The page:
Alongside this, I am looking into ways that digital comics apps might be preserved, which is very proper serious work indeed. Not only are there many different versions of the same app, depending on what operating system you are using, but many apps are reliant not only on the software of the platform they are running on, but sometimes the hardware as well, with some apps integrating functions such as the camera of a tablet into their design. Simply downloading apps will provide you with lots of digital files that you won’t be able to open in a few years’ time (or possibly even a few months’ time, with the current pace of technology). This is not a problem that can be solved in the duration of a three month placement (or, frankly, given my total lack of technical knowledge, by me at all). What I can do, however, is find people who do have technical knowledge and ask them what they think. Preserving digital comics is a complicated and ongoing process, and it is a great experience to be in at the early stages of exploration.

And you can be involved in this fun experience too! If you are a digital comics creator, publisher, or reader, we would love to hear from you. We’d like to know more about the digital comics that you create, find out links to add to our Web Archive collection, and find examples of comic apps that we could collect. Please email suggestions to Jennifer.Aggleton@BL.uk. For this initial stage of the project, we will be accepting suggestions until the end of August 2017. In that time, we are particularly keen to receive web addresses for UK published webcomics, so that I can continue to build the web archive, and do the proper serious work of reading lots and lots of comics.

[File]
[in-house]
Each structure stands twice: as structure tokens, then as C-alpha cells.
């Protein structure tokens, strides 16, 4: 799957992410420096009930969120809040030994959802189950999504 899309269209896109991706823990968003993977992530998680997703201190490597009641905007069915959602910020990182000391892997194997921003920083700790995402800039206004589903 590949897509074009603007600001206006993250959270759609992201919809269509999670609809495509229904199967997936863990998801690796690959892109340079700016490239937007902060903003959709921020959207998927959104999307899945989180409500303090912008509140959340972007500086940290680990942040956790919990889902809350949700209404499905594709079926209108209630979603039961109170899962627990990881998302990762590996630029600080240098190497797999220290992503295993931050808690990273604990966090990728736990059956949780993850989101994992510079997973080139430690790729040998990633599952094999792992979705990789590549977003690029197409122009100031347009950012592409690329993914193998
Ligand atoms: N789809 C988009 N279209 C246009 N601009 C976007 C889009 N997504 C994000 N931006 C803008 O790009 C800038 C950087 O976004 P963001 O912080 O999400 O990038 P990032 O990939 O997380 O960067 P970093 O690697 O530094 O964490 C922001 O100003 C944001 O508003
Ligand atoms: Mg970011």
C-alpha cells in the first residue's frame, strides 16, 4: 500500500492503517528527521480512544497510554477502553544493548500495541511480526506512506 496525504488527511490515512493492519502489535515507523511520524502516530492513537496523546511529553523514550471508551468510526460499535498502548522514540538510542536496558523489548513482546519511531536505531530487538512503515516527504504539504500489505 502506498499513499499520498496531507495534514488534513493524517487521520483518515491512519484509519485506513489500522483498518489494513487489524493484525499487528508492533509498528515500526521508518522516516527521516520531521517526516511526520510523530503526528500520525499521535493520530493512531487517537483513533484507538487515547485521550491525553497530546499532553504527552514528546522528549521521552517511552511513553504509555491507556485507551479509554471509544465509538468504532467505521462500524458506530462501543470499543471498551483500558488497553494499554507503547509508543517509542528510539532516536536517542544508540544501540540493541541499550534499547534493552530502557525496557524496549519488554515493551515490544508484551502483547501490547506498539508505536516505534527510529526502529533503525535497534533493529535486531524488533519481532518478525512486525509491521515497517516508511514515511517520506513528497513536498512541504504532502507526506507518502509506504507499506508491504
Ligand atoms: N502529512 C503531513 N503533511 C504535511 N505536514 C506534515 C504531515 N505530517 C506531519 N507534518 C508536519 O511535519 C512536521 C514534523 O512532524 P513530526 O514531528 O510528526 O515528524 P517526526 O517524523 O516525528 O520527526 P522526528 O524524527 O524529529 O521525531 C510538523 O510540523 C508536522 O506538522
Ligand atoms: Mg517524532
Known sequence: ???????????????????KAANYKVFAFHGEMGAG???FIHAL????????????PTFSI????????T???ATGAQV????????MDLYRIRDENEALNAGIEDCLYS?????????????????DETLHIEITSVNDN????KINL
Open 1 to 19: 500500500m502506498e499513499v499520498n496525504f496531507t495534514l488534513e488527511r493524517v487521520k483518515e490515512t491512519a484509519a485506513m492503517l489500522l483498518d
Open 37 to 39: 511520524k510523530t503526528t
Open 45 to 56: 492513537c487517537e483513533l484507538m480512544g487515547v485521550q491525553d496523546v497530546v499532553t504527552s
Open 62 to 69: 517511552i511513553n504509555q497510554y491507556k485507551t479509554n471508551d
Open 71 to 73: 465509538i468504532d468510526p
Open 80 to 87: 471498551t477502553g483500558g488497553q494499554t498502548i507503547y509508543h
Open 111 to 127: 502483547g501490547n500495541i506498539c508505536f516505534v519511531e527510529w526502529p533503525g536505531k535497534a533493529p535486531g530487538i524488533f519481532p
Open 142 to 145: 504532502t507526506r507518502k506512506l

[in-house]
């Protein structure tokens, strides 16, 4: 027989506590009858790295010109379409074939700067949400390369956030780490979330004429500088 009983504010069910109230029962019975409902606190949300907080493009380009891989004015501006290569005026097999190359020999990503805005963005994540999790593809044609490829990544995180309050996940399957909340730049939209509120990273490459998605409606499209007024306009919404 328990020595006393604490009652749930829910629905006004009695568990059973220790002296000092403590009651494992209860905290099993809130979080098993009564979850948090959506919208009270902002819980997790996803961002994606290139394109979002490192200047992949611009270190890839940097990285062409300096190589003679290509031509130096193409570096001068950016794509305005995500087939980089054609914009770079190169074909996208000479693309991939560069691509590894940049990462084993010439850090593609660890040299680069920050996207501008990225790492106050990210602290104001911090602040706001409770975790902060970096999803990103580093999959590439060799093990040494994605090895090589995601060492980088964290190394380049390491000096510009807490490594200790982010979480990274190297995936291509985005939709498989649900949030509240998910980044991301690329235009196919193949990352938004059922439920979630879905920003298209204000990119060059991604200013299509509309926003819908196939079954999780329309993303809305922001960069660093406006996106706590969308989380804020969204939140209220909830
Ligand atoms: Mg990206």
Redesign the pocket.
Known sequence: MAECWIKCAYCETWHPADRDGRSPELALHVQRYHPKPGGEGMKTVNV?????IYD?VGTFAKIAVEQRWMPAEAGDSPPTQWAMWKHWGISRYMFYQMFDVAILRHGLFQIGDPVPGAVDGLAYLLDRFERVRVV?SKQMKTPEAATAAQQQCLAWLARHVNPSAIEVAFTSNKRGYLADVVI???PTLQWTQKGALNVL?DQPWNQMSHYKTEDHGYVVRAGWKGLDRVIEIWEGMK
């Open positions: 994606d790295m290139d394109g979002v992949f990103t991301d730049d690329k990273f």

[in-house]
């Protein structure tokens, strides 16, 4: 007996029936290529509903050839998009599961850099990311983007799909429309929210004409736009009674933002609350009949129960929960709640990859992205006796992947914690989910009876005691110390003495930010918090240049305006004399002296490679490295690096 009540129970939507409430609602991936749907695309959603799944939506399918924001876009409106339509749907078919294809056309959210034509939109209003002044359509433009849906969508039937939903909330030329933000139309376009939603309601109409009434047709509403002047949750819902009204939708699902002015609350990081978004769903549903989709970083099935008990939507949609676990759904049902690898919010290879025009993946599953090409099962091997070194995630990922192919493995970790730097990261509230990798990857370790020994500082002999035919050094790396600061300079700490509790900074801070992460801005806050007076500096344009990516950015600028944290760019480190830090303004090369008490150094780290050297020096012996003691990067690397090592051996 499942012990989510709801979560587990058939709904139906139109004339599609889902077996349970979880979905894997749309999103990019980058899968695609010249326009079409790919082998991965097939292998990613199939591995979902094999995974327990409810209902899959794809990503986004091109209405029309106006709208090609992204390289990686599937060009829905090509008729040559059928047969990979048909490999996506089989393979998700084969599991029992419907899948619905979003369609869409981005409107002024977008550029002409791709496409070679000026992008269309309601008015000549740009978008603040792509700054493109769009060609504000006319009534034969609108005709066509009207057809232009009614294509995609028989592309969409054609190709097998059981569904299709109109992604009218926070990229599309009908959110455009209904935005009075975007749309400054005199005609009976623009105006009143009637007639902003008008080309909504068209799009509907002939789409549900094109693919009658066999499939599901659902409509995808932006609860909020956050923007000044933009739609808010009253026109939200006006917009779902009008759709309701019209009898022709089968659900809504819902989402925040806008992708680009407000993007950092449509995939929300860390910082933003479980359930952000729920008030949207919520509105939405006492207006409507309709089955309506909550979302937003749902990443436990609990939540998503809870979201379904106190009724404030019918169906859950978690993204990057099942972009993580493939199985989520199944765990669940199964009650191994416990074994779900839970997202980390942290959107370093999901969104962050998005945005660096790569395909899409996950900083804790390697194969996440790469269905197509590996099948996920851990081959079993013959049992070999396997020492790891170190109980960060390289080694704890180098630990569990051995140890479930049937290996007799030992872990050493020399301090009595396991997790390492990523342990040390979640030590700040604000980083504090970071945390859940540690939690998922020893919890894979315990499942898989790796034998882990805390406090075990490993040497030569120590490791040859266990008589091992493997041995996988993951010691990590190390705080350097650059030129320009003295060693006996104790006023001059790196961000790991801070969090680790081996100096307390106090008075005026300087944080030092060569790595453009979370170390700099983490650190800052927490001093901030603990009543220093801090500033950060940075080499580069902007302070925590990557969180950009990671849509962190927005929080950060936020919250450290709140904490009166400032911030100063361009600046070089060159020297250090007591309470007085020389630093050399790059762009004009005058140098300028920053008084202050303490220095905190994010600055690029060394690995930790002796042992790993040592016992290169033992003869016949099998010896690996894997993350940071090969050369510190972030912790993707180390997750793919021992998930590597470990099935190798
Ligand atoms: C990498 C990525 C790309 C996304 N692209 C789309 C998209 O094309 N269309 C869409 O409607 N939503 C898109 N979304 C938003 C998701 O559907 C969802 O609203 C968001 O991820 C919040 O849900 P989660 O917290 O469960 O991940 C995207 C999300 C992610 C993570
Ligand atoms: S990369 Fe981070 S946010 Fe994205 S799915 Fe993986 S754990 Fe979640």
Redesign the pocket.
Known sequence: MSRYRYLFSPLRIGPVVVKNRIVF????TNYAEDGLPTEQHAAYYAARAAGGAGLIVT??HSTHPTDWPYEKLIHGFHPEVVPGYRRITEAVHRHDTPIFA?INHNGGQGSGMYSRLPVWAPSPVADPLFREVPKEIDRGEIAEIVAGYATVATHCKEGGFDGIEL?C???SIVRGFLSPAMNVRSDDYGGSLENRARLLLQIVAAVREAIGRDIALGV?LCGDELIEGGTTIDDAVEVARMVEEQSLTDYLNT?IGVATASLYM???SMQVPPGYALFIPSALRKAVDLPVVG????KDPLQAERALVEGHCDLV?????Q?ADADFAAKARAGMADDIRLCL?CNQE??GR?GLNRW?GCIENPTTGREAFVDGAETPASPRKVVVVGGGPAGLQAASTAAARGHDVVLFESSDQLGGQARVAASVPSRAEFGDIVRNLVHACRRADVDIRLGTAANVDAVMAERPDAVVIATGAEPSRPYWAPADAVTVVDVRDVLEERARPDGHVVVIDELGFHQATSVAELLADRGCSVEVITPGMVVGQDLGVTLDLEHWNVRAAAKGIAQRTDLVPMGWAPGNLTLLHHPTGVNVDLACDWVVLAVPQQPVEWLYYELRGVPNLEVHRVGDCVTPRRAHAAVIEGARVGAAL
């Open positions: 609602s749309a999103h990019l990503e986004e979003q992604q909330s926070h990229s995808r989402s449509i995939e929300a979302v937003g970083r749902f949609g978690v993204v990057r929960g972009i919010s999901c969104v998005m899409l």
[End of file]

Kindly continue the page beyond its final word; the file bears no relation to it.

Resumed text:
17 May 2016

Saving BBC Recipes Website

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There's been much coverage today of plans to remove the recipe pages from the BBC website.

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The UK Web Archive has been collecting selected pages from the BBC, mainly news, for over ten years and since 2013 we have attempted to capture the entirety of the BBC web estate. A small number of pages are available on the Open UK Web Archive website. Most of the BBC's online presence, however, is only available in the reading rooms of UK Legal Deposit libraries, including both of the British Library sites at St. Pancras and Boston Spa in Yorkshire.

We have today instigated a further crawl of the BBC website with the specific aim of ensuring that we save the recipes from the food pages. We can also report that the Internet Archive, Library of Alexandria and the National Library of Iceland have also captured these pages so their future is assured.

Polly Russell, British Library Curator and Food Historian says